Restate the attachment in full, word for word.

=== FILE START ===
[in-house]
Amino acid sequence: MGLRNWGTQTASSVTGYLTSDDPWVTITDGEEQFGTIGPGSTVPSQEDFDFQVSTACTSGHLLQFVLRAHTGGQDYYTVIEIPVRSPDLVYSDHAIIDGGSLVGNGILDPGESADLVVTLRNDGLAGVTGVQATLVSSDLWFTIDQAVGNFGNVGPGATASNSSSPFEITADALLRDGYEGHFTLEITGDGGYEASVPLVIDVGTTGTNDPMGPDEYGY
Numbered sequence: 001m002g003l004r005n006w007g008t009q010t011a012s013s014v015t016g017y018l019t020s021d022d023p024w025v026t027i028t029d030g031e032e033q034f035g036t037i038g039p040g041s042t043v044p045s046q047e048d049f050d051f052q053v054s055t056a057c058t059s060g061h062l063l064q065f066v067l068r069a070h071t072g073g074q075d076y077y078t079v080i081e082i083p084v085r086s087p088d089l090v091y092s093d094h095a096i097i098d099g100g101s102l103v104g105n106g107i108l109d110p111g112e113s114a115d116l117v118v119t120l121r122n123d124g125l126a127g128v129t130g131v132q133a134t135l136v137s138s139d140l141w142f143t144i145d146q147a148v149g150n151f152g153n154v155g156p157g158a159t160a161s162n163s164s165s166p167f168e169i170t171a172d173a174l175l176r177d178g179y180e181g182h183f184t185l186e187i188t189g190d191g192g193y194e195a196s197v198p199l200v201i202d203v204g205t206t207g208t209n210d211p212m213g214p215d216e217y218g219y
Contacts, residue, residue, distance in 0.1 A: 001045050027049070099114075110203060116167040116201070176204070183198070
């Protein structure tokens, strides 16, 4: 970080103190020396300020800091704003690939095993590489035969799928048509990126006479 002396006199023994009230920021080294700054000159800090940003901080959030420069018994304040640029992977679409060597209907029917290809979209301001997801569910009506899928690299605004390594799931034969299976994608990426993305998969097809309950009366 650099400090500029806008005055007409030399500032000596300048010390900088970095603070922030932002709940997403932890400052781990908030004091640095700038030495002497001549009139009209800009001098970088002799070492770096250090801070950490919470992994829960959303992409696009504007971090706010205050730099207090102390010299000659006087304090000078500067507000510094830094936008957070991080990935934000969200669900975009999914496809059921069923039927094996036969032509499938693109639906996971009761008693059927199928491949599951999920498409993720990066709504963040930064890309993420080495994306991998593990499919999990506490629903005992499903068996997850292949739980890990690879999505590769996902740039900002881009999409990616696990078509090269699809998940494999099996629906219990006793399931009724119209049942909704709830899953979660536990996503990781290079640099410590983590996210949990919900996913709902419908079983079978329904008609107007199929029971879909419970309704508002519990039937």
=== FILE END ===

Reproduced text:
[in-house]
Amino acid sequence: MGLRNWGTQTASSVTGYLTSDDPWVTITDGEEQFGTIGPGSTVPSQEDFDFQVSTACTSGHLLQFVLRAHTGGQDYYTVIEIPVRSPDLVYSDHAIIDGGSLVGNGILDPGESADLVVTLRNDGLAGVTGVQATLVSSDLWFTIDQAVGNFGNVGPGATASNSSSPFEITADALLRDGYEGHFTLEITGDGGYEASVPLVIDVGTTGTNDPMGPDEYGY
Numbered sequence: 001m002g003l004r005n006w007g008t009q010t011a012s013s014v015t016g017y018l019t020s021d022d023p024w025v026t027i028t029d030g031e032e033q034f035g036t037i038g039p040g041s042t043v044p045s046q047e048d049f050d051f052q053v054s055t056a057c058t059s060g061h062l063l064q065f066v067l068r069a070h071t072g073g074q075d076y077y078t079v080i081e082i083p084v085r086s087p088d089l090v091y092s093d094h095a096i097i098d099g100g101s102l103v104g105n106g107i108l109d110p111g112e113s114a115d116l117v118v119t120l121r122n123d124g125l126a127g128v129t130g131v132q133a134t135l136v137s138s139d140l141w142f143t144i145d146q147a148v149g150n151f152g153n154v155g156p157g158a159t160a161s162n163s164s165s166p167f168e169i170t171a172d173a174l175l176r177d178g179y180e181g182h183f184t185l186e187i188t189g190d191g192g193y194e195a196s197v198p199l200v201i202d203v204g205t206t207g208t209n210d211p212m213g214p215d216e217y218g219y
Contacts, residue, residue, distance in 0.1 A: 001045050027049070099114075110203060116167040116201070176204070183198070
């Protein structure tokens, strides 16, 4: 970080103190020396300020800091704003690939095993590489035969799928048509990126006479 002396006199023994009230920021080294700054000159800090940003901080959030420069018994304040640029992977679409060597209907029917290809979209301001997801569910009506899928690299605004390594799931034969299976994608990426993305998969097809309950009366 650099400090500029806008005055007409030399500032000596300048010390900088970095603070922030932002709940997403932890400052781990908030004091640095700038030495002497001549009139009209800009001098970088002799070492770096250090801070950490919470992994829960959303992409696009504007971090706010205050730099207090102390010299000659006087304090000078500067507000510094830094936008957070991080990935934000969200669900975009999914496809059921069923039927094996036969032509499938693109639906996971009761008693059927199928491949599951999920498409993720990066709504963040930064890309993420080495994306991998593990499919999990506490629903005992499903068996997850292949739980890990690879999505590769996902740039900002881009999409990616696990078509090269699809998940494999099996629906219990006793399931009724119209049942909704709830899953979660536990996503990781290079640099410590983590996210949990919900996913709902419908079983079978329904008609107007199929029971879909419970309704508002519990039937």